Japan has generally viewed globalization as "a good challenge" for economic growth and progress, according to the June 28th briefing. Some countries approach globalization in a positive way because "they are flexible in adapting themselves to a new environment." On the other hand, Japan also recognized that globalization for poorer nations would mean additional difficulty and uncertainties. As a result, the essence of Prime Minister Hashimoto's Initiative for a Caring World, to help cushion the uncertainties of coping with the impact of globalization, was incorporated in the Communiqué.
Development has been an important issue for Japan, and one in which Japan has a vested interest. According to the June 28th briefing, Japan bears one-quarter of the total development assistance in the world, and Japan continues to increase its contribution to development assistance. Accordingly, Japan was very pleased that President Chirac made development an important theme of discussion at the Lyon Summit. Taking this opportunity, Japan has put forth its own proposals on development with a particular focus on Africa. In response to skeptics at the June 27th briefing, the Japanese government claimed that it has no "particular commercial interest in the continent of Africa"; rather, its interest in Africa stems from Japan's history of "extending substantial aid in Africa." Japan has already been "advocating a series of packages in relation to African assistance."
Prime Minister Hashimoto's initiative, "a new global partnership for development," was recognized and given considerable attention in Section IV of the Communiqué. Another initiative by Prime Minister Hashimoto, "Initiative for a Caring World," was also put forth to the G7 members, discussed by them and the essence which was also incorporated in the Communiqué. At the June 29th press conference, Prime Minister Hashimoto expressed how his "Initiative for a Caring World" stemmed from Japan's own post-war childhood experience, and Japan's willingness to share the lessons it has gained with other countries to reduce suffering, high infant mortality rate, universal child education and other health and welfare programs to alleviate extreme poverty. When asked whether this initiative was new and Prime Minister Hashimoto's main contribution to the Summit, the Japanese spokesman responded: "The Government of Japan has probably never done this before. But, this time, Prime Minister Hashimoto wanted to take the initiative and proposed this on his own." Development may have been in the forefront of all the G7 members at Lyon; but, Japan capitalized on this theme in Lyon to achieve its objective.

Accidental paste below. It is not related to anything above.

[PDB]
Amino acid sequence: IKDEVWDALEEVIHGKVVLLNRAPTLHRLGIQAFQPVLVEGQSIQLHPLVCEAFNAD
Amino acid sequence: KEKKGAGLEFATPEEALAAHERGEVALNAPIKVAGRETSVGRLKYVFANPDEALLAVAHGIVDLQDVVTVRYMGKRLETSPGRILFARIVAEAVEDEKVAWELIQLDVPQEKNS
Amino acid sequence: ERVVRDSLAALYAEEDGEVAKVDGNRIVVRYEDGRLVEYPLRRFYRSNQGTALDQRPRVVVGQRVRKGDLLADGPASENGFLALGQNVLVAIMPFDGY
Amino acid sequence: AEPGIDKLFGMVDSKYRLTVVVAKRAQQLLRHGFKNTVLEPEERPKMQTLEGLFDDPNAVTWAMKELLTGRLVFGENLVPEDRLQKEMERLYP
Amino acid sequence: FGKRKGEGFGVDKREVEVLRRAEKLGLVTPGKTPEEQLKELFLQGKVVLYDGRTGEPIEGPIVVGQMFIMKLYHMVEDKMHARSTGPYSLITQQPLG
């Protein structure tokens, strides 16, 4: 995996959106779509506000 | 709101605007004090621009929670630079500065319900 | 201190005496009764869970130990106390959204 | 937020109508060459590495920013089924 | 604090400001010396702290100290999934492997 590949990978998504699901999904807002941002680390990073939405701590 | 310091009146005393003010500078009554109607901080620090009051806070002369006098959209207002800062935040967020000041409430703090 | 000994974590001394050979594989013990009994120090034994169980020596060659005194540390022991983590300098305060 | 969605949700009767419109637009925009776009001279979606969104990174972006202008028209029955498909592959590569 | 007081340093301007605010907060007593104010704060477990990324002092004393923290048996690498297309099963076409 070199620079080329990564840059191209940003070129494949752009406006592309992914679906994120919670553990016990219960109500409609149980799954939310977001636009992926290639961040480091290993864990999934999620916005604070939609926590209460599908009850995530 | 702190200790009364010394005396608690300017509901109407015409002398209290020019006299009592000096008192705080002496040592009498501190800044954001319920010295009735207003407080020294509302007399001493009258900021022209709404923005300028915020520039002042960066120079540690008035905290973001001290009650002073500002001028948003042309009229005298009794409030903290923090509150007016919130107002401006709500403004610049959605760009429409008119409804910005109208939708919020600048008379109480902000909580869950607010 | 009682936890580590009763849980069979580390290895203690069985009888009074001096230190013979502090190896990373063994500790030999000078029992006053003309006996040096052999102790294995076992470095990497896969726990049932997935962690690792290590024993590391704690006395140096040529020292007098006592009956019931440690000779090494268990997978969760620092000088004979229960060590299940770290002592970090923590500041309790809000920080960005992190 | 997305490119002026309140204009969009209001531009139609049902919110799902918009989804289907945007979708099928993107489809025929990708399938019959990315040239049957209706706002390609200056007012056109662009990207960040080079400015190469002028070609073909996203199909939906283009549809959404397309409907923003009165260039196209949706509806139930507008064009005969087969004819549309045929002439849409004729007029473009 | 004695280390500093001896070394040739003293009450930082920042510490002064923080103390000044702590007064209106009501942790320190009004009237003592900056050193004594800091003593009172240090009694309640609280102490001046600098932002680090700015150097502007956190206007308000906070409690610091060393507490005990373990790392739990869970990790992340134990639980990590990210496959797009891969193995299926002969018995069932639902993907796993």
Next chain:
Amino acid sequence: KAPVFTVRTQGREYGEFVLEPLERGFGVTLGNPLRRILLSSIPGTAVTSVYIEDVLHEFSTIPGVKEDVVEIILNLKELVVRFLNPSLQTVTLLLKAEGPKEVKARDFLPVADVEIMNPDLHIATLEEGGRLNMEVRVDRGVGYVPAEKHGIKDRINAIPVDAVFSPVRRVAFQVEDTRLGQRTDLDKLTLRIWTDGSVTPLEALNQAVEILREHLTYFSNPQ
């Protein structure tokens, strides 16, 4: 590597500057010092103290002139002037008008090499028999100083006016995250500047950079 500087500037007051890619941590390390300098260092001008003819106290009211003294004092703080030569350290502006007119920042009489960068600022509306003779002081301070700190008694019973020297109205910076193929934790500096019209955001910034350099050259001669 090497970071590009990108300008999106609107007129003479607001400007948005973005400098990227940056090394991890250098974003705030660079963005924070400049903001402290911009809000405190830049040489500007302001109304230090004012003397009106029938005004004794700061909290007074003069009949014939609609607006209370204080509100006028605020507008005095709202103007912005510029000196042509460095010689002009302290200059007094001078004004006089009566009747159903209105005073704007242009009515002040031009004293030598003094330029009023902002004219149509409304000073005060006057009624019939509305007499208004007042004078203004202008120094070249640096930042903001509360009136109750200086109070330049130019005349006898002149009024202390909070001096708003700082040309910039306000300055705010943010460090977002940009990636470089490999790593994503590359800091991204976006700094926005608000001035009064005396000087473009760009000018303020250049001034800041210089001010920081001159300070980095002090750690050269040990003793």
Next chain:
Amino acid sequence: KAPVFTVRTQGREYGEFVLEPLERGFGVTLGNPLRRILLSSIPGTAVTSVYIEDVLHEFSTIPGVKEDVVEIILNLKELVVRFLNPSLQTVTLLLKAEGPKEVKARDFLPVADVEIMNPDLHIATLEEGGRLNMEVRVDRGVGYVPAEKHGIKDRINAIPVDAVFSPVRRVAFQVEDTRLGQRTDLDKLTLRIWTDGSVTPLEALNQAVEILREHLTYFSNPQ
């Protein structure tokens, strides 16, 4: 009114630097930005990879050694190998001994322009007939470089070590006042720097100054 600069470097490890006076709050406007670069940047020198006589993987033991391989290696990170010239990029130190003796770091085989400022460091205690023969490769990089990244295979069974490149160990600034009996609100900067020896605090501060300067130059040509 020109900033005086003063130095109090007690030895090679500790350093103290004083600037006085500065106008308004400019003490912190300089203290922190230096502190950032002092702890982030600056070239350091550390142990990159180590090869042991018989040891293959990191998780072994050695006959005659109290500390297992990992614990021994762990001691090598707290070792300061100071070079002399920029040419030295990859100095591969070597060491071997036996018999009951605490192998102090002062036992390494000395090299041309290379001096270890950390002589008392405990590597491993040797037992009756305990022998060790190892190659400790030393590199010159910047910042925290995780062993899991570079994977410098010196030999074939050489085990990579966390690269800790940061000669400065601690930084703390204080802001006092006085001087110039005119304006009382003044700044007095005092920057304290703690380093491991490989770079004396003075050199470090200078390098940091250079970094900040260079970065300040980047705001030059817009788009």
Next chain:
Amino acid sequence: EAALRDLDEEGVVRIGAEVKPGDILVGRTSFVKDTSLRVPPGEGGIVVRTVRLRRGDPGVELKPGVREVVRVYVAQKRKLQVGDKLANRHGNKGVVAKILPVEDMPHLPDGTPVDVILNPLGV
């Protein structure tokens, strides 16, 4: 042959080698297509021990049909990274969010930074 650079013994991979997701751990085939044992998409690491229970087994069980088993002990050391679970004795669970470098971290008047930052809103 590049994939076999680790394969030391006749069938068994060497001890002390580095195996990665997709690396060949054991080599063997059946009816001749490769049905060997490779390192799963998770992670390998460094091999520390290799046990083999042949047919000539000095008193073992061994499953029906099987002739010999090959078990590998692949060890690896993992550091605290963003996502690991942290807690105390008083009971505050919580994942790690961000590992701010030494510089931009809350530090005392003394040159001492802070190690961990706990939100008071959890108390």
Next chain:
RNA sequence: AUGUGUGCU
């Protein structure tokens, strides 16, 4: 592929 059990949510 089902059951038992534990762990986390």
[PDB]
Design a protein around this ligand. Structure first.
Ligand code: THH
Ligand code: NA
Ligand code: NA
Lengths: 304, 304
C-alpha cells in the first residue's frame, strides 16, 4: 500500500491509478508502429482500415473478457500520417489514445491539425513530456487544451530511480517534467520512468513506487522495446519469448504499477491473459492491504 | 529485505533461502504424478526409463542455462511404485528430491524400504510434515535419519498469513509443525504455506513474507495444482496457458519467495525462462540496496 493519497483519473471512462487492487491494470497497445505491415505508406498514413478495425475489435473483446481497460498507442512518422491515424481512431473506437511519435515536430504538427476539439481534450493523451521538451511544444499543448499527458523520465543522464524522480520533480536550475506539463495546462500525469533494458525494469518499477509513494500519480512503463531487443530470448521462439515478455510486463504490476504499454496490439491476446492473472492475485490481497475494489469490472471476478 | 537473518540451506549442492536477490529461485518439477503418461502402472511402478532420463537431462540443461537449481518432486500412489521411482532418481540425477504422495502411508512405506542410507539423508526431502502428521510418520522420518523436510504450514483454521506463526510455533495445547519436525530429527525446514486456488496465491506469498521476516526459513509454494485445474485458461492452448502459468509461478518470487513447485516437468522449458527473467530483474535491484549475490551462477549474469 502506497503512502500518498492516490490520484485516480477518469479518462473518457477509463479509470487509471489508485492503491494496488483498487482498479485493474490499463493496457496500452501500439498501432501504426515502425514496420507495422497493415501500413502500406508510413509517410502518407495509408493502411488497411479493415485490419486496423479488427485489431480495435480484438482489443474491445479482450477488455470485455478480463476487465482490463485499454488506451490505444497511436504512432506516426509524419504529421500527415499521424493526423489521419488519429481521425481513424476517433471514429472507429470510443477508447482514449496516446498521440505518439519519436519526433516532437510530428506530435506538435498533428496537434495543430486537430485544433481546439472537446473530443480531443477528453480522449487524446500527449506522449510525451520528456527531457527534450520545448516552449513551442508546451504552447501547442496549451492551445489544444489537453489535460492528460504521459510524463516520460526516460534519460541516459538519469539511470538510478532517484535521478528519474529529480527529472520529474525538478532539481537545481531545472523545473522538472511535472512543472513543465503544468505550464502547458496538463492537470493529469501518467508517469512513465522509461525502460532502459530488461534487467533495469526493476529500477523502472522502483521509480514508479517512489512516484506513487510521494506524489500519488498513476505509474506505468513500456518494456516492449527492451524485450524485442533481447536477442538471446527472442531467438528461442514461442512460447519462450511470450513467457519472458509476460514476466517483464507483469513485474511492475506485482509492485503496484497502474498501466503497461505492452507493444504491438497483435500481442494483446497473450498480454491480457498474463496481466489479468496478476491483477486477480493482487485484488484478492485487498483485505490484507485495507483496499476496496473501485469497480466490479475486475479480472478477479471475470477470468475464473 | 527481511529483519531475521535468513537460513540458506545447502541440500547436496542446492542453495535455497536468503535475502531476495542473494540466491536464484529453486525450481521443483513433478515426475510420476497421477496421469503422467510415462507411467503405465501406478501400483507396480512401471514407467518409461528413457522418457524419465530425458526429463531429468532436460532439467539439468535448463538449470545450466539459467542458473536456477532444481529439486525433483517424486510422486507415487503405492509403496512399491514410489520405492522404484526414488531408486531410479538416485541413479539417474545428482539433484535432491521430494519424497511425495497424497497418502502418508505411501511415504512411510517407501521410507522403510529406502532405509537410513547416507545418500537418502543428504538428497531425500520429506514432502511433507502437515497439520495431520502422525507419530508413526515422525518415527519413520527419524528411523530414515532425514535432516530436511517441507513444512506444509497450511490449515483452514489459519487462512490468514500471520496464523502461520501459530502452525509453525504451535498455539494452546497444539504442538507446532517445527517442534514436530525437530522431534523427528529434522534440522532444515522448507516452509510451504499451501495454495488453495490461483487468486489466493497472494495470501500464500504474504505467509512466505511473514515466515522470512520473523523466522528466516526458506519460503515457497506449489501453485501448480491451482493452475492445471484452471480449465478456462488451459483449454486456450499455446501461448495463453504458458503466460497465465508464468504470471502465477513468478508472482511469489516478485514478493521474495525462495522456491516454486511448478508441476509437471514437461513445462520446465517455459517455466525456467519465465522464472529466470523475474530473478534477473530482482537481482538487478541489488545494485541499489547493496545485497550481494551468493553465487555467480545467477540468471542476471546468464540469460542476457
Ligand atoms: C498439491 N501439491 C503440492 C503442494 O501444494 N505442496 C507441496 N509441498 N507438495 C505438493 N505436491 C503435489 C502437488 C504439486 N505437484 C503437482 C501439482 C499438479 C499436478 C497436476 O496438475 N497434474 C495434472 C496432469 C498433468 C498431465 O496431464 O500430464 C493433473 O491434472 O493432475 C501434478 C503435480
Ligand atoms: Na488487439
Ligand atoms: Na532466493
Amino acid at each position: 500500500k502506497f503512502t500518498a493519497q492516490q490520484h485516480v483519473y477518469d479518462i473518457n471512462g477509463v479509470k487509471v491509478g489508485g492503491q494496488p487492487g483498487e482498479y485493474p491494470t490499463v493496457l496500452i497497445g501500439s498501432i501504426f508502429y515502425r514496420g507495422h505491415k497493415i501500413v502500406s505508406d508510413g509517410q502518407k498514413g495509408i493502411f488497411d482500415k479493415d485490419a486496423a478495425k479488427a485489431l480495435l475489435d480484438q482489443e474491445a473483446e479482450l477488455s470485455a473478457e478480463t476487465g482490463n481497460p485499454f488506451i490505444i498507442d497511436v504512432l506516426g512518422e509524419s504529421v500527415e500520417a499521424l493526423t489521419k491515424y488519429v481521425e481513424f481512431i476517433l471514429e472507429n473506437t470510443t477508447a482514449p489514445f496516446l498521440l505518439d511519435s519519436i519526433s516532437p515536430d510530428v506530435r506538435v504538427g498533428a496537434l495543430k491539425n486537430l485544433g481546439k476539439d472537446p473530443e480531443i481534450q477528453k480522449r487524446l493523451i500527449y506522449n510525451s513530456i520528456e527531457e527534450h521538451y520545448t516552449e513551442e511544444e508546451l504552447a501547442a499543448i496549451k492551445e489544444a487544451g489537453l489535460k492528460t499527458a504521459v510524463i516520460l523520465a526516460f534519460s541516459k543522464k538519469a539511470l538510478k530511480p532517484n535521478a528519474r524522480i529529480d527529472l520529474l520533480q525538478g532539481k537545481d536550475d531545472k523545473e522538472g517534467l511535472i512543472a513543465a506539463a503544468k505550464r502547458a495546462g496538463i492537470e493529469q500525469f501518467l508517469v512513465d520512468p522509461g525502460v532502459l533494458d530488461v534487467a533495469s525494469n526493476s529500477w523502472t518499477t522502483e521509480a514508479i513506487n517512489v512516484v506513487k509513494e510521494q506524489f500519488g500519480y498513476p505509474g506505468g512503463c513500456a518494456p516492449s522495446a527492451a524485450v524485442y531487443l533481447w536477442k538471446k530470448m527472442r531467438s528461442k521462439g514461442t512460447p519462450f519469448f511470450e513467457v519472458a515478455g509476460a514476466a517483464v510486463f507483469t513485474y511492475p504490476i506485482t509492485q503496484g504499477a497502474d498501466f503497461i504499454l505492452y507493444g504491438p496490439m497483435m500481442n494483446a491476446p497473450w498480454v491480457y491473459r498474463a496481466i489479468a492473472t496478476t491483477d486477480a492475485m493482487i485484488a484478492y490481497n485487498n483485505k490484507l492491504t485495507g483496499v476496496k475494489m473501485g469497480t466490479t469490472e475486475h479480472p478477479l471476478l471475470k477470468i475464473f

Throughout the Summit, the official statement was that Japan and the United States would not discuss the Japan-U.S. bilateral trade issue on semiconductors and insurance. This did not mean that the trade dispute over semiconductors and insurance, which have been brewing for months prior to the G7 Summit, was not in the forefront of Japan's agenda. It seems highly unlikely that Prime Minister Hashimoto and President Clinton would not discuss a matter so important to both countries, especially during a tête-à-tête bilateral meeting. The trick for Japan was to discuss it without raising the topic. A source from Asahi newspaper explained that Japanese etiquette precluded Prime Minister Hashimoto from discussing the subject unless President Clinton raised the subject initially. If President Clinton raised the subject first, Prime Minister Hashimoto would be able to engage in a dialogue on the subject without losing face. Interestingly, Prime Minister Hashimoto stated at the June 29th press conference that he did not expect Japan-U.S. bilateral trade issues (on semiconductors and insurance) to be raised at the G7, particularly at the tête-à-tête bilateral meeting between the two heads of states. He further stated that he and his delegates were surprised and "caught off guard" when President Clinton raised the subject in the elevator when the two parties were on route to their bilateral meeting. It is difficult to believe that the Japanese government did not anticipate the United States to raise the subject. What may have surprised the Japanese was how quickly the subject was raised by President Clinton before the bilateral meeting even officially commenced. Apparently, the two heads of states had "a very in-depth discussion" on semiconductors and insurance; however, they did not reach any resolution other than "to agree to do their utmost to bring these talks to a conclusion by the end of July."